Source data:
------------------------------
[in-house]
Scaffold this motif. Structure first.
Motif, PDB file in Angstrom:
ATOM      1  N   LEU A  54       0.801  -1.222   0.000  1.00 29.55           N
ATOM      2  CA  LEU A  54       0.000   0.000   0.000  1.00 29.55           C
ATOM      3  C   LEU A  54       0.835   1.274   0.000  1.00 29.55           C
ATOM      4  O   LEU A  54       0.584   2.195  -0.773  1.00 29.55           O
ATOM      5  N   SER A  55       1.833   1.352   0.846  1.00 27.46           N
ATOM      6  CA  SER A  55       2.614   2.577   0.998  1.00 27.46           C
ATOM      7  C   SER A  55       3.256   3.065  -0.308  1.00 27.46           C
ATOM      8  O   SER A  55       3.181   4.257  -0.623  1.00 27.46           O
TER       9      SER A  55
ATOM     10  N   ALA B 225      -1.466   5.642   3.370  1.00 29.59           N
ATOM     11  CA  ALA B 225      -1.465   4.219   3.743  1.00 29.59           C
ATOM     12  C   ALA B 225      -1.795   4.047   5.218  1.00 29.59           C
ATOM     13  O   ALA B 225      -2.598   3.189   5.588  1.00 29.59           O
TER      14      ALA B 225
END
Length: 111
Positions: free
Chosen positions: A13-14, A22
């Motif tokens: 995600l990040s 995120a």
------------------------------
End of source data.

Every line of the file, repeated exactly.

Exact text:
[in-house]
Scaffold this motif. Structure first.
Motif, PDB file in Angstrom:
ATOM      1  N   LEU A  54       0.801  -1.222   0.000  1.00 29.55           N
ATOM      2  CA  LEU A  54       0.000   0.000   0.000  1.00 29.55           C
ATOM      3  C   LEU A  54       0.835   1.274   0.000  1.00 29.55           C
ATOM      4  O   LEU A  54       0.584   2.195  -0.773  1.00 29.55           O
ATOM      5  N   SER A  55       1.833   1.352   0.846  1.00 27.46           N
ATOM      6  CA  SER A  55       2.614   2.577   0.998  1.00 27.46           C
ATOM      7  C   SER A  55       3.256   3.065  -0.308  1.00 27.46           C
ATOM      8  O   SER A  55       3.181   4.257  -0.623  1.00 27.46           O
TER       9      SER A  55
ATOM     10  N   ALA B 225      -1.466   5.642   3.370  1.00 29.59           N
ATOM     11  CA  ALA B 225      -1.465   4.219   3.743  1.00 29.59           C
ATOM     12  C   ALA B 225      -1.795   4.047   5.218  1.00 29.59           C
ATOM     13  O   ALA B 225      -2.598   3.189   5.588  1.00 29.59           O
TER      14      ALA B 225
END
Length: 111
Positions: free
Chosen positions: A13-14, A22
């Motif tokens: 995600l990040s 995120a």